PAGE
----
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Achieving Teacher Agency Within the Circle of Control

circle of control

“If I could just close my classroom door and work with kids, this job would be perfect.”

Anyone who has ever heard or expressed that thought is probably a classroom teacher. No matter how much educators might agree that teaching and learning should be the highest priority in any classroom, working in a school is not just about instruction. Good intentions aside, too many factors exist that get in the way of a teacher’s control over daily life, from endless paperwork to initiatives that always seem to arise with undue urgency. When teachers are granted limited autonomy for matters ranging anywhere from operational to instructional, finding ways to preserve agency is of paramount importance for maintaining the momentum that results in career effectiveness and longevity. To do that, teachers must first learn to differentiate where it is possible to exert more control, and what sits outside their power of influence.

The Circle of Control

From being “voluntold” to take on an extra duty like covering an absent colleague’s class to managing interruptions both scheduled and unannounced, a teacher’s workday can easily spiral out of control. The result is a feeling of total frustration, not to mention the sense that any agency over how work gets done is slipping away in the name of logistical priorities that overshadow teaching and learning. Be that as it may, succumbing to learned helplessness is not a viable option for any teacher who wishes to remain effective, nor is admiring the problem without developing some practical solutions. To that end, working within the framework of three circles of concern, influence and control that Steven Covey popularized in self-help bestseller The Seven Habits of Highly Effective People is key to making any productive shift.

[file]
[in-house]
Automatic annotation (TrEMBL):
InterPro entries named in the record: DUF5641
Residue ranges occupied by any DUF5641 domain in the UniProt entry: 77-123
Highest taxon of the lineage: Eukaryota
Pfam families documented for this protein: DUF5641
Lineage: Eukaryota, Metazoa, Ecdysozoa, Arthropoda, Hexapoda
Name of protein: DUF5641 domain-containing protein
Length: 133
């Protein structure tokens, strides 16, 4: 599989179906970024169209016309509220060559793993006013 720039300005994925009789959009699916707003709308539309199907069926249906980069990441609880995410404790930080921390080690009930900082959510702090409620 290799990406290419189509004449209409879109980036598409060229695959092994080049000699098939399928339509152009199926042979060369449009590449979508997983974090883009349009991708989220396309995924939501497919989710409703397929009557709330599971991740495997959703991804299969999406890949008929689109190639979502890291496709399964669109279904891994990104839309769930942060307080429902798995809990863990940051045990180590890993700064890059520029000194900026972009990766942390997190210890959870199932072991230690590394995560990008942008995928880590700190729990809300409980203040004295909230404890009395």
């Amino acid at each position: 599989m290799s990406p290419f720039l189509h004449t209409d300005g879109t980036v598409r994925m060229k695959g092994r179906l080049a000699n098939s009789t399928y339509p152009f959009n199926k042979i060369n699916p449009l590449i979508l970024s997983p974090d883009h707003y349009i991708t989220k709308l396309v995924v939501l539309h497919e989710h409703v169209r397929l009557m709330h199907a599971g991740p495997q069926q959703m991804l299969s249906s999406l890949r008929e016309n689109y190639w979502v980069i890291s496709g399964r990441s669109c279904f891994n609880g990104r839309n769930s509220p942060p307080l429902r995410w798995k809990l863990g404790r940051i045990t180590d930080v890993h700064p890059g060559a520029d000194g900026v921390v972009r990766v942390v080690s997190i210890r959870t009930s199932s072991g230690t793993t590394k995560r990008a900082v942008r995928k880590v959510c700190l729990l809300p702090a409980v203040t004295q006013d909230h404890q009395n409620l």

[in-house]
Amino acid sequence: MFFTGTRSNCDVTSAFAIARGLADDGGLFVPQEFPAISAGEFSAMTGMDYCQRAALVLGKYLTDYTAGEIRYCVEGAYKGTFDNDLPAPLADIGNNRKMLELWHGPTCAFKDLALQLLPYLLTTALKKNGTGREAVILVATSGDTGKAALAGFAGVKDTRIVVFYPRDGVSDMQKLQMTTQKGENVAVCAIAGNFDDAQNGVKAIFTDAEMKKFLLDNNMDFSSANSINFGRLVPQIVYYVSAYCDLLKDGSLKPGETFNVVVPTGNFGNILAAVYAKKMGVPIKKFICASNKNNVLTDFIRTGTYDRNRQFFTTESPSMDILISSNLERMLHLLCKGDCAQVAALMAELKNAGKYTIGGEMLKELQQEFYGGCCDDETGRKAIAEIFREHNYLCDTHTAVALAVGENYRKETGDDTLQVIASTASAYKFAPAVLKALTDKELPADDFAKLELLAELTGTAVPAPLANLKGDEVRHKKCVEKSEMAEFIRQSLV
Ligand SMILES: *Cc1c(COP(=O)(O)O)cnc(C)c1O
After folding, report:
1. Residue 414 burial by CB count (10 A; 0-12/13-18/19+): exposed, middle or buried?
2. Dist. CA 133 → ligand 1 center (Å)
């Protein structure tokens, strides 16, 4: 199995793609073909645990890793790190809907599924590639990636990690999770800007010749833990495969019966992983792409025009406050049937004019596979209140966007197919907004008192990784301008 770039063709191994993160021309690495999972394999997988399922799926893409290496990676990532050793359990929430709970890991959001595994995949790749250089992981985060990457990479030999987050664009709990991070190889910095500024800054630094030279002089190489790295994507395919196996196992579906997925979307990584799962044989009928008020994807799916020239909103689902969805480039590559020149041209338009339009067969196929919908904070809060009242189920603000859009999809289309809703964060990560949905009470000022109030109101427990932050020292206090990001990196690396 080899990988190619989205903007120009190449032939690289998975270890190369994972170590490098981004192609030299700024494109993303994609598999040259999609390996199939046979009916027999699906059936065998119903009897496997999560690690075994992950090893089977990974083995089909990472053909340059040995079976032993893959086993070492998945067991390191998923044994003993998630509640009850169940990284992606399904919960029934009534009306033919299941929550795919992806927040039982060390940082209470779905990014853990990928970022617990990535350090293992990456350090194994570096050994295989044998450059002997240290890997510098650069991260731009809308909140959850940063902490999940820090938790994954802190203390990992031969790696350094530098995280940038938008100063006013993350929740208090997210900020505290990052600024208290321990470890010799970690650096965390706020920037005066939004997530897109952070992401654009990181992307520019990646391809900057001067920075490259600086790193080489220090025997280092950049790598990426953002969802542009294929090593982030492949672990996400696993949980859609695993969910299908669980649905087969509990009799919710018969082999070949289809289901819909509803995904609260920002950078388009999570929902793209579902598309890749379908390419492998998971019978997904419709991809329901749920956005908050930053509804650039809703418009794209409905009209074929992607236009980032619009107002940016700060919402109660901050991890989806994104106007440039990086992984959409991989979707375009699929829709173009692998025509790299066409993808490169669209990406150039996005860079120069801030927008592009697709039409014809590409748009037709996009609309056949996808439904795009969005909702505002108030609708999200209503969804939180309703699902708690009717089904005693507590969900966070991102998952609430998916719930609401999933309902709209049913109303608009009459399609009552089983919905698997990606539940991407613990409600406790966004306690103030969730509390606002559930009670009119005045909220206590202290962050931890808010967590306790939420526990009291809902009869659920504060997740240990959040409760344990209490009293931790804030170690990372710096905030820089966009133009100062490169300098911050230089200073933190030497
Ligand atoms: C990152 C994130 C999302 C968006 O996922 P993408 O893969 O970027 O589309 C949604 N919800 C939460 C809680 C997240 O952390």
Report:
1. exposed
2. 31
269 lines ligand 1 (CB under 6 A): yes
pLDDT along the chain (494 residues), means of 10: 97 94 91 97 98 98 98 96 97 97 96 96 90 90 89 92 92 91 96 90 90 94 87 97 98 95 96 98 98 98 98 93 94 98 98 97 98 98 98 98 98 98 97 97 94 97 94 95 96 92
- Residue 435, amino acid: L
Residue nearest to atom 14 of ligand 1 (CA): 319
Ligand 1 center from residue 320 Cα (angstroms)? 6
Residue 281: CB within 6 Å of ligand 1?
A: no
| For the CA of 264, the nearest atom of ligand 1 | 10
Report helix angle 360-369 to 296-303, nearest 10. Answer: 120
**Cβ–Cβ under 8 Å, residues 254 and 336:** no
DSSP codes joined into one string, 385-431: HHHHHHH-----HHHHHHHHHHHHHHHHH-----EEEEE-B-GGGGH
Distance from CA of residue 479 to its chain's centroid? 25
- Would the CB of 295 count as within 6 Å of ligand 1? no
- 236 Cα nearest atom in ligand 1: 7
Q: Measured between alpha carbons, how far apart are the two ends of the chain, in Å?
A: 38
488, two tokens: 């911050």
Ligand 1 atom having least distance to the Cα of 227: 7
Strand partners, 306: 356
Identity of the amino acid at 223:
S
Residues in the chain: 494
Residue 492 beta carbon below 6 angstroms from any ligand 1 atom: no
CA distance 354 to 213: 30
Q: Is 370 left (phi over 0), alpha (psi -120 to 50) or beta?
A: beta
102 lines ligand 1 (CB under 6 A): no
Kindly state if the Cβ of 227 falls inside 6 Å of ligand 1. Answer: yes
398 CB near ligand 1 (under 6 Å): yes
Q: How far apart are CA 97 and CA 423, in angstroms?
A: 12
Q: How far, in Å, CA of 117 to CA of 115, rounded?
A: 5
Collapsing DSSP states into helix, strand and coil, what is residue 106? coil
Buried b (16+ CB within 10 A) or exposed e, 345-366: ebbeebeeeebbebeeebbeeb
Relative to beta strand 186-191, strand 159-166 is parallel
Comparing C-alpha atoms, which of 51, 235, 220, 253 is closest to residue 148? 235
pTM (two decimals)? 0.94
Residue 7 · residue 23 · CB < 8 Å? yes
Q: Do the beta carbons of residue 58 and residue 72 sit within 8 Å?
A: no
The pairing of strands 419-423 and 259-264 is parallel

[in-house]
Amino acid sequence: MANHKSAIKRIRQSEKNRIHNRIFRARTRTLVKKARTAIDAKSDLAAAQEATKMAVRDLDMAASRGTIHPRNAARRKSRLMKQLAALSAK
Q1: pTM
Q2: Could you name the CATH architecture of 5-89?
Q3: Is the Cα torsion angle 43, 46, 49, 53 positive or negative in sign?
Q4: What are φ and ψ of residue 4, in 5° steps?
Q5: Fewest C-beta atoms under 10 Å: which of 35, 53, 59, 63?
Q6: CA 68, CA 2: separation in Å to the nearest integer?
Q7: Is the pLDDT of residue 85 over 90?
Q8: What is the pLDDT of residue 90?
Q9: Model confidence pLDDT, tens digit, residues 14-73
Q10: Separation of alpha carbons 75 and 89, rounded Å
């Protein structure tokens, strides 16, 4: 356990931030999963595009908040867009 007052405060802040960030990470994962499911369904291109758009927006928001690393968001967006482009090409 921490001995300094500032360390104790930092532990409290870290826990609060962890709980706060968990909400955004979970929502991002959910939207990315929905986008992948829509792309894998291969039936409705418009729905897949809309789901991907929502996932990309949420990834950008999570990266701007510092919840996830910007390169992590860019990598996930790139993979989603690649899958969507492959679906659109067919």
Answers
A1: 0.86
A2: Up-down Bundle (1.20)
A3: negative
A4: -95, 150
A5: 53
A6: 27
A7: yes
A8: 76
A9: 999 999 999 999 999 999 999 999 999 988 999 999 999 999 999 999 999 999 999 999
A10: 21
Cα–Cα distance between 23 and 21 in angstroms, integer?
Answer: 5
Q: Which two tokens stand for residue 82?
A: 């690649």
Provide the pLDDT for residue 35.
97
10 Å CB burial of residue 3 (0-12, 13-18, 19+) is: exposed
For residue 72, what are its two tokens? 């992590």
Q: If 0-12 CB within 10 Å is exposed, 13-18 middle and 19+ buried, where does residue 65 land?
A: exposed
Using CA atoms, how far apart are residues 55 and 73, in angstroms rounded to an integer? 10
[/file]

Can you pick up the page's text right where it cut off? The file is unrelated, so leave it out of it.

Teachers who sit in what is known as the circle of concern are signing up for unmitigated discontent. We all worry about so many things, but so many of our concerns, like school or district mandates, are often well beyond any one teacher’s power to address. With the circle of influence, we get one step closer to having a potential impact on the world around us. Therefore, the change any one person can enact within the circle of influence depends on how open those around them are to change.